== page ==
THIS “FORUM SELECTION CLAUSE” APPLIES TO AMERICAN CITIZENS. The United States Supreme Court in Shute v. Carnival required a passenger who lived in Oregon, and was injured during a cruise from California to Mexico, to file suit in Miami. This case is the foundation for the enforcement of forum selection clauses. In September of 2010, the Maritime Law Blog in an article entitled Injured Cruise Passenger Required to Sue Cruise Line in Paris reported on the Federal Eleventh Circuit holding of Seung v. Regent Seven Seas Cruises, Inc. In this case the Eleventh Circuit (the same court which will be reviewing any COSTA CONCORDIA case filed in the Southern District of Florida), held the trial court was proper in dismissing a personal injury claim by and an American citizen who was injured on a European cruise where the cruise ticket contained a Paris, France forum selection clause. The Eleventh Circuit paid no mind to the argument that the case could be filed in Florida because Regent Seven Seas Cruises, the owner of the cruise ship, maintains its corporate headquarters in Ft. Lauderdale, Florida. The court also rejected the argument that the injured woman did not have the financial resources and was too ill to maintain a lawsuit in France.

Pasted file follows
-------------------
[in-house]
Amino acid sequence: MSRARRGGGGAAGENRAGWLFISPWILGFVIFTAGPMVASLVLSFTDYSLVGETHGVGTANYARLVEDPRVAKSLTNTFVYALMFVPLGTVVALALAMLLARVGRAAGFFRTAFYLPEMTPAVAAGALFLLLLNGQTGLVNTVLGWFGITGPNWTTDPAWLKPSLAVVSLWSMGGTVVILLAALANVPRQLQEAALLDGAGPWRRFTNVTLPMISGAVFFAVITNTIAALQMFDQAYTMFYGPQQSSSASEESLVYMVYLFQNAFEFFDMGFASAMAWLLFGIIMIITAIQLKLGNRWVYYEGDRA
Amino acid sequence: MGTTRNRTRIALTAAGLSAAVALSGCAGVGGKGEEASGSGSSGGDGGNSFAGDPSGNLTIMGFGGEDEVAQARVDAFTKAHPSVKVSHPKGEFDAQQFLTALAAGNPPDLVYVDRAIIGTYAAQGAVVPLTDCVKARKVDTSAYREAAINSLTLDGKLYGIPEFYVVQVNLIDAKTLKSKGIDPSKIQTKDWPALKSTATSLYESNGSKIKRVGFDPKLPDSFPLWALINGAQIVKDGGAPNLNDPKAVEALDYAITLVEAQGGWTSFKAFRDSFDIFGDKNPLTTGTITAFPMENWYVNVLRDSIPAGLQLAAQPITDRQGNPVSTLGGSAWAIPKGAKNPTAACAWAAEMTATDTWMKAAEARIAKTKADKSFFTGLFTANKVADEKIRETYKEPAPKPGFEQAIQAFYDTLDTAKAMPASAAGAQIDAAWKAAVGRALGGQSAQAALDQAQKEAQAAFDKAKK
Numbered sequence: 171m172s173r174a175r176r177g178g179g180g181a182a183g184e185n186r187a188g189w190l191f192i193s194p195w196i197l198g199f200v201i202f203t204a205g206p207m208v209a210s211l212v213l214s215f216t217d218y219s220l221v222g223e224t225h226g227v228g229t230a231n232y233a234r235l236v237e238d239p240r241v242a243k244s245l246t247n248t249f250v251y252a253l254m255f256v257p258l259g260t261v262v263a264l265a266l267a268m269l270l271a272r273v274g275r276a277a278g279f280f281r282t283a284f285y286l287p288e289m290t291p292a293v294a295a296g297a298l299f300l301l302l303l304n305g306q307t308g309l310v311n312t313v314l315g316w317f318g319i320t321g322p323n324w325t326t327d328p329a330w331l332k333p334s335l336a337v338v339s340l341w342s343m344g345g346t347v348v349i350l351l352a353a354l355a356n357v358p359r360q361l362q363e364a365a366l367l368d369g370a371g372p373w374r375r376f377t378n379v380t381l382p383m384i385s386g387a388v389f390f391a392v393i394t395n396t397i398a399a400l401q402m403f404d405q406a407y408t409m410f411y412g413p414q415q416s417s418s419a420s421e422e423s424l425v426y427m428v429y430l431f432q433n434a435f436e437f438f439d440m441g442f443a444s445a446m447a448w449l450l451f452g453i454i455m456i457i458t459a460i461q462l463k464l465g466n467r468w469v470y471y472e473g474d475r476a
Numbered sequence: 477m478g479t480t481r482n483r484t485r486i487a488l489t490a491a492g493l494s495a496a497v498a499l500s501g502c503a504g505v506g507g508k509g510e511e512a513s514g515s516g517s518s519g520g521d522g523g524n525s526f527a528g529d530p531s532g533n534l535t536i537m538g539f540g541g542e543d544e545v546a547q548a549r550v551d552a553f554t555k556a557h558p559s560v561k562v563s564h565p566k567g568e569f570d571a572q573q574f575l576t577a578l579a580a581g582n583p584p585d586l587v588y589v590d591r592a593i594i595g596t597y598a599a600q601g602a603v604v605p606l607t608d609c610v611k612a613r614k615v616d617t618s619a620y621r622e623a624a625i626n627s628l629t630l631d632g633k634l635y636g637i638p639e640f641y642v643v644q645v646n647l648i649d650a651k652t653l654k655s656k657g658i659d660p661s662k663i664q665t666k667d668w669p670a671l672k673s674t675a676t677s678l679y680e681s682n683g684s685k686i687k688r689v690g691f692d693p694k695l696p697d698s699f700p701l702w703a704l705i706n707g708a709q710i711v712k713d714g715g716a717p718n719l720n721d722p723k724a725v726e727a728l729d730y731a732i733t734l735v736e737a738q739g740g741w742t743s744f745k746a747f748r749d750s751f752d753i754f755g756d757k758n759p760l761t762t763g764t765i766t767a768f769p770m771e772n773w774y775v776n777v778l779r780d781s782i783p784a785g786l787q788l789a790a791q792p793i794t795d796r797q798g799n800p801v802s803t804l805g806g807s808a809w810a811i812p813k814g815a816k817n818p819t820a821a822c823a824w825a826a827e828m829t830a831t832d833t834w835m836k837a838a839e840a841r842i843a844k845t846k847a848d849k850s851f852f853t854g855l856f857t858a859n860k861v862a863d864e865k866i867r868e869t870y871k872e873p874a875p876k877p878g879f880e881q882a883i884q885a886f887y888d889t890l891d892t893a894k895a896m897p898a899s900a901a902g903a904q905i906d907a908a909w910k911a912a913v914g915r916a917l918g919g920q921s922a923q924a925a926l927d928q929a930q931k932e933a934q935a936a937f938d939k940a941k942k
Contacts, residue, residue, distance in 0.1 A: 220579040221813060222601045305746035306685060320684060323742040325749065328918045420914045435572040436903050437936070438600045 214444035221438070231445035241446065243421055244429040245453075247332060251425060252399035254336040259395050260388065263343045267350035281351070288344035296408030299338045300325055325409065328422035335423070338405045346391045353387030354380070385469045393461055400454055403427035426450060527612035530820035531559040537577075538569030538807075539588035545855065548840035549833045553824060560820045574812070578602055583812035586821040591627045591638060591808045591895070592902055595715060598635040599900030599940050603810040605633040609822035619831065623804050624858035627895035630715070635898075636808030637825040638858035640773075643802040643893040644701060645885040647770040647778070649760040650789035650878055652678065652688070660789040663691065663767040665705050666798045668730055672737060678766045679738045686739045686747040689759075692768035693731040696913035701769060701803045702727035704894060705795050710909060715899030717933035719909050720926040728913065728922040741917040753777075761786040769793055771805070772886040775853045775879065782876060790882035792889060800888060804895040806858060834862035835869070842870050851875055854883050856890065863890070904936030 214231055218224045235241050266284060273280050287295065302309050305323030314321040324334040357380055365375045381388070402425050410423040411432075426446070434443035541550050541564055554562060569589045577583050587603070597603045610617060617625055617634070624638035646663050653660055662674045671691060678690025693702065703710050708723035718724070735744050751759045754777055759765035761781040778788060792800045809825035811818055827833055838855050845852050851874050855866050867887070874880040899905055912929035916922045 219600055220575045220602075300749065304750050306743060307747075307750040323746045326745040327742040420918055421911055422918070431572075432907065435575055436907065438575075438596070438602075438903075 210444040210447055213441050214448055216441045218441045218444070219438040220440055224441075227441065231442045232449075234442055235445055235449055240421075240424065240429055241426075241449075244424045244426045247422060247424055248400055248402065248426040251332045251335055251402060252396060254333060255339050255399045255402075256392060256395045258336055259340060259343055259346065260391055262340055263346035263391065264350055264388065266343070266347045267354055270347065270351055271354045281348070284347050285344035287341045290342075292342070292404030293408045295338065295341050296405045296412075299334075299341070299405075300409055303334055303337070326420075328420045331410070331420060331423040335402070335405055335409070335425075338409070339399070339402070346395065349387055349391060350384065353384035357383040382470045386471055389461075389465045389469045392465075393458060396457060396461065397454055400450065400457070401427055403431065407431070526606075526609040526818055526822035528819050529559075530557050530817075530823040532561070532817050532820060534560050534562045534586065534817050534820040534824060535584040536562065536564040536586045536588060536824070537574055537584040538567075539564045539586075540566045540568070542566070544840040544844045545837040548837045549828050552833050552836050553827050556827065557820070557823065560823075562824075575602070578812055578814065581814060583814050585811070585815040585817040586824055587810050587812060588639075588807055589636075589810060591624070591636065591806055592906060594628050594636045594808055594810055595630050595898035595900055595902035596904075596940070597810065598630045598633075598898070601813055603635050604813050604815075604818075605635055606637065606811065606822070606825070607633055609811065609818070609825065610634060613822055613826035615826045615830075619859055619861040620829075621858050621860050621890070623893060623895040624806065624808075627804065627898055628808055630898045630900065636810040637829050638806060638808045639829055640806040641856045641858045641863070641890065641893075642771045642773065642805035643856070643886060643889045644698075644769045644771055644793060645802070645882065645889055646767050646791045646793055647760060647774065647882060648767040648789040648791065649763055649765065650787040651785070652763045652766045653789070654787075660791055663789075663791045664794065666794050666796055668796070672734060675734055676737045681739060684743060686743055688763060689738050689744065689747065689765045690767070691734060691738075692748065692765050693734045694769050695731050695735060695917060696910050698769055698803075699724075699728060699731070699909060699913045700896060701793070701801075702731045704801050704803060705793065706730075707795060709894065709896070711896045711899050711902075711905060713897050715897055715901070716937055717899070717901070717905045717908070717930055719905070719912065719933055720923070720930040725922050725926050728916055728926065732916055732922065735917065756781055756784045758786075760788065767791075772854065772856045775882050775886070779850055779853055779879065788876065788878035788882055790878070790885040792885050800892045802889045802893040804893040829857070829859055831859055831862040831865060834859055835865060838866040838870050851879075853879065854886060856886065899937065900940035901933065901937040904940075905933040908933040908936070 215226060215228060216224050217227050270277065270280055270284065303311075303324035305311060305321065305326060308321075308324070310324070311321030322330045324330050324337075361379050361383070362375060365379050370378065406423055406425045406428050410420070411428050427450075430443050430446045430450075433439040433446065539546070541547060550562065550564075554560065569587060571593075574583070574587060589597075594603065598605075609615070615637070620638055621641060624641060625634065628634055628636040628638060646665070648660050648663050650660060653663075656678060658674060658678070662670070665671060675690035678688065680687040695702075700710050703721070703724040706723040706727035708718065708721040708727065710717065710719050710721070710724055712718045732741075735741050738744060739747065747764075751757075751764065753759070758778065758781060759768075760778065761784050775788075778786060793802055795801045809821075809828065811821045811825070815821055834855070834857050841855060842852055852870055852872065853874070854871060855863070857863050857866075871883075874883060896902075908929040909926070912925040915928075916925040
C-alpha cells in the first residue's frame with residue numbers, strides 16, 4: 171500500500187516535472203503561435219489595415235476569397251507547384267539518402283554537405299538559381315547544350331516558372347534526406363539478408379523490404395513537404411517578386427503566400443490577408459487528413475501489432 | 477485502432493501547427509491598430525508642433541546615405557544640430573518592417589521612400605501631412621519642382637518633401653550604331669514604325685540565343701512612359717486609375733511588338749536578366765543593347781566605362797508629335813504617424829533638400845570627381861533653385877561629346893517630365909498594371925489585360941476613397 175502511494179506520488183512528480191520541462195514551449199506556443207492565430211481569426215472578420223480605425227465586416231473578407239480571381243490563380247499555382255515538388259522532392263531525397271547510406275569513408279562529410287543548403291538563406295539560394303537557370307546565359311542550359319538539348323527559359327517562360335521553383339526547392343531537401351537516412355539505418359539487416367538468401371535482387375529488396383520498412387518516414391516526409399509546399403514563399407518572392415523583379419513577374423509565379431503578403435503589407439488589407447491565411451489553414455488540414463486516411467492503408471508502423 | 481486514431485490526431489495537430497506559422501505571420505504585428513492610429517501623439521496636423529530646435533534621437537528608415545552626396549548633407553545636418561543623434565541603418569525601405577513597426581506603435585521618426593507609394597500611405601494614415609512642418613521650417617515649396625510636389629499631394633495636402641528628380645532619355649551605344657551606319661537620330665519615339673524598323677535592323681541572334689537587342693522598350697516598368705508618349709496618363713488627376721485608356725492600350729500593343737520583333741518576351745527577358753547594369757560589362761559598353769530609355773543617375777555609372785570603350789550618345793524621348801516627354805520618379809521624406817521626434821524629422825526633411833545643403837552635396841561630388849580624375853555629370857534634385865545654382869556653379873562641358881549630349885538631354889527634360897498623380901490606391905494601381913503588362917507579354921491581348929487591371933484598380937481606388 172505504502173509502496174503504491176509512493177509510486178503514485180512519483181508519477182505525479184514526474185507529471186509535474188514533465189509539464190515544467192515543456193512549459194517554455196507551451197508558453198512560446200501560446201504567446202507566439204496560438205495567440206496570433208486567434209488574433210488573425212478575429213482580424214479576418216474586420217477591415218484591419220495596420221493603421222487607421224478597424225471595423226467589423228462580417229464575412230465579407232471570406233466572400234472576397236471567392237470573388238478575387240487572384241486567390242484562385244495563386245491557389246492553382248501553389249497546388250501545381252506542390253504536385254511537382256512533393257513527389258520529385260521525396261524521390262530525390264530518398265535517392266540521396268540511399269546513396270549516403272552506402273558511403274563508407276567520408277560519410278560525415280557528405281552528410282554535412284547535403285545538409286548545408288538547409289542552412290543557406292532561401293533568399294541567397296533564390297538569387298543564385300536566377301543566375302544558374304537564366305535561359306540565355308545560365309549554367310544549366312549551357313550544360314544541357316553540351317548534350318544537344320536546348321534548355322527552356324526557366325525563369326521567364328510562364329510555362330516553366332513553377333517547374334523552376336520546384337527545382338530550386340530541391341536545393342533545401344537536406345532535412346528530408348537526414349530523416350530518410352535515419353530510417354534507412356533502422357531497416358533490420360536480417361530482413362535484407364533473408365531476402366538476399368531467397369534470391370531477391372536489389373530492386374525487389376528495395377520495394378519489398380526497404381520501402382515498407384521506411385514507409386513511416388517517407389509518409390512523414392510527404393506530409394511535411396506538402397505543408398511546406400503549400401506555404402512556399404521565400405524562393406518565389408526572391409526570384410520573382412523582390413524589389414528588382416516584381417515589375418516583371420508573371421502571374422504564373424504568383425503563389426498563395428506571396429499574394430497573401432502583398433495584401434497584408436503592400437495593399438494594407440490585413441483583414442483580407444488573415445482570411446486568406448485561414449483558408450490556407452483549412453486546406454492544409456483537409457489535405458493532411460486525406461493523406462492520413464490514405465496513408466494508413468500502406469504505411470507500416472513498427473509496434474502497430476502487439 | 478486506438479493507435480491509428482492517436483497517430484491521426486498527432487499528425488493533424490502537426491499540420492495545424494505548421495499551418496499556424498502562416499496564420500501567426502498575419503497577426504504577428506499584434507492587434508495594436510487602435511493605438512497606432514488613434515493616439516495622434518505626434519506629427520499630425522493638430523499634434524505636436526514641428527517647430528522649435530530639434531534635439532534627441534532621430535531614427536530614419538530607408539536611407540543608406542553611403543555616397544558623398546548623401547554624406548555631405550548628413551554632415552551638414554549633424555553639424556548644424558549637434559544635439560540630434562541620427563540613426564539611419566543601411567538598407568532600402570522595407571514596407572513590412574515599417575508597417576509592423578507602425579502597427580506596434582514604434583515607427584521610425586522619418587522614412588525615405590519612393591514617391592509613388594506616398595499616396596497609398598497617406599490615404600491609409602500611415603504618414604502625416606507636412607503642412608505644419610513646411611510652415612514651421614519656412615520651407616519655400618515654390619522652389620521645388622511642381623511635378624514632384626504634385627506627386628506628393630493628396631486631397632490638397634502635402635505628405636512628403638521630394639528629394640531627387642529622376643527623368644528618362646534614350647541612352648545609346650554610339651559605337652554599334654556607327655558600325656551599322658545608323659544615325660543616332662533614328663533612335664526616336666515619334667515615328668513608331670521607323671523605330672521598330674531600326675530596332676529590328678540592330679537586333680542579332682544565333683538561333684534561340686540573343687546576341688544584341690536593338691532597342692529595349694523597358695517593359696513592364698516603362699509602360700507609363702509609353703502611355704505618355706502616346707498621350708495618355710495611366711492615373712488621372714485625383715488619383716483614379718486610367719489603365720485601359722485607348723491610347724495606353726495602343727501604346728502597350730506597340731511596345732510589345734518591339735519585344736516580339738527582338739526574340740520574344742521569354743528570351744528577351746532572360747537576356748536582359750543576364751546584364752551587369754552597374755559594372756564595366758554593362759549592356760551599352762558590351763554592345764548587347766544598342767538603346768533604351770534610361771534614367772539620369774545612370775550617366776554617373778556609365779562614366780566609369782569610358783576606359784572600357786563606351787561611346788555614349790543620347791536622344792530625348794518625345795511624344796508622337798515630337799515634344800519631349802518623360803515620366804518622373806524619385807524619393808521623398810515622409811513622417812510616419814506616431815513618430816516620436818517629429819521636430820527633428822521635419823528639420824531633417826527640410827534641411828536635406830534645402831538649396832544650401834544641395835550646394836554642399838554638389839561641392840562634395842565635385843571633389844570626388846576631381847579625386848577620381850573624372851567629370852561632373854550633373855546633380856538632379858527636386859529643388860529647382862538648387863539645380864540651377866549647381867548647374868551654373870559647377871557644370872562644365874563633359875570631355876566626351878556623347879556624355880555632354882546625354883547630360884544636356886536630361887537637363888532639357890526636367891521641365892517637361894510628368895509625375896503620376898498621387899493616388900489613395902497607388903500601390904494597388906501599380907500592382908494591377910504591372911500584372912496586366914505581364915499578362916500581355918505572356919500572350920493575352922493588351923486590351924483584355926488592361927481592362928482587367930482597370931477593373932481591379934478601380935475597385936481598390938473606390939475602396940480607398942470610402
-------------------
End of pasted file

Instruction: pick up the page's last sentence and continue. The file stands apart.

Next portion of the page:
Attorneys filing CONCORDIA lawsuits in Florida will have an uphill battle convincing the court not to dismiss the claims based upon the Genoa, Italy forum selection clause given the prior decisions by the Supreme Court and Eleventh Circuit.
Assuming the court invalidates the Genoa, Italy forum selection clause and keeps the claim in the United States, the next issue is what law is to apply. Again, many non-maritime attorneys have taken the view that since Carnival owns Costa, American maritime law will apply. Despite what has been said by some commentators, as shown above Costa’s ticket incorporates the law of Italy as the law, which will govern the dispute.